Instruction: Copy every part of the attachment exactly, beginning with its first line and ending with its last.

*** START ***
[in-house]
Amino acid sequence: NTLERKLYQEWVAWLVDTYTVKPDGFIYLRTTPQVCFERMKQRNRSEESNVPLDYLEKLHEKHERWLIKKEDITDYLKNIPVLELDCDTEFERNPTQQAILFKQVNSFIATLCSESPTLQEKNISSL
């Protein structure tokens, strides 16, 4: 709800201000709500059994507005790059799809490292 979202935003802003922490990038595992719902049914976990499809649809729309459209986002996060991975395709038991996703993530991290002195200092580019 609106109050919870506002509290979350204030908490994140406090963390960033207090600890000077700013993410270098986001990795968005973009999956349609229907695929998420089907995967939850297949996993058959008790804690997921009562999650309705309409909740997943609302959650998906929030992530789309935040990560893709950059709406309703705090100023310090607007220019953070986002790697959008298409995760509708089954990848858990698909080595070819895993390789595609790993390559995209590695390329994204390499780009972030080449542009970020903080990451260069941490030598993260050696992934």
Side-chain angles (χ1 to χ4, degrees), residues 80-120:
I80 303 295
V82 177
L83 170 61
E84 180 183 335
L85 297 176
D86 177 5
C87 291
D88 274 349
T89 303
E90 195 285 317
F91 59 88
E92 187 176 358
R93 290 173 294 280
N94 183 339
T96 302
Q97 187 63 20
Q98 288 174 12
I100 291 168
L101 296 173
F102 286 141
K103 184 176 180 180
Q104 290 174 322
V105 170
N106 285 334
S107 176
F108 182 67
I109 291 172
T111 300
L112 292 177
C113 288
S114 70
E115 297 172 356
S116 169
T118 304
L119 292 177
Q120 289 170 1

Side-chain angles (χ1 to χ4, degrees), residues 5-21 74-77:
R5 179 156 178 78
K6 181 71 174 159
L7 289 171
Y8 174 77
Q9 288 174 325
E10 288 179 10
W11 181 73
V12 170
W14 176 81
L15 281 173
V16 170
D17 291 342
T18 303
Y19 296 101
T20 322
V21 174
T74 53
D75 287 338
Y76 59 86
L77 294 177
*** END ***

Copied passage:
[in-house]
Amino acid sequence: NTLERKLYQEWVAWLVDTYTVKPDGFIYLRTTPQVCFERMKQRNRSEESNVPLDYLEKLHEKHERWLIKKEDITDYLKNIPVLELDCDTEFERNPTQQAILFKQVNSFIATLCSESPTLQEKNISSL
């Protein structure tokens, strides 16, 4: 709800201000709500059994507005790059799809490292 979202935003802003922490990038595992719902049914976990499809649809729309459209986002996060991975395709038991996703993530991290002195200092580019 609106109050919870506002509290979350204030908490994140406090963390960033207090600890000077700013993410270098986001990795968005973009999956349609229907695929998420089907995967939850297949996993058959008790804690997921009562999650309705309409909740997943609302959650998906929030992530789309935040990560893709950059709406309703705090100023310090607007220019953070986002790697959008298409995760509708089954990848858990698909080595070819895993390789595609790993390559995209590695390329994204390499780009972030080449542009970020903080990451260069941490030598993260050696992934």
Side-chain angles (χ1 to χ4, degrees), residues 80-120:
I80 303 295
V82 177
L83 170 61
E84 180 183 335
L85 297 176
D86 177 5
C87 291
D88 274 349
T89 303
E90 195 285 317
F91 59 88
E92 187 176 358
R93 290 173 294 280
N94 183 339
T96 302
Q97 187 63 20
Q98 288 174 12
I100 291 168
L101 296 173
F102 286 141
K103 184 176 180 180
Q104 290 174 322
V105 170
N106 285 334
S107 176
F108 182 67
I109 291 172
T111 300
L112 292 177
C113 288
S114 70
E115 297 172 356
S116 169
T118 304
L119 292 177
Q120 289 170 1

Side-chain angles (χ1 to χ4, degrees), residues 5-21 74-77:
R5 179 156 178 78
K6 181 71 174 159
L7 289 171
Y8 174 77
Q9 288 174 325
E10 288 179 10
W11 181 73
V12 170
W14 176 81
L15 281 173
V16 170
D17 291 342
T18 303
Y19 296 101
T20 322
V21 174
T74 53
D75 287 338
Y76 59 86
L77 294 177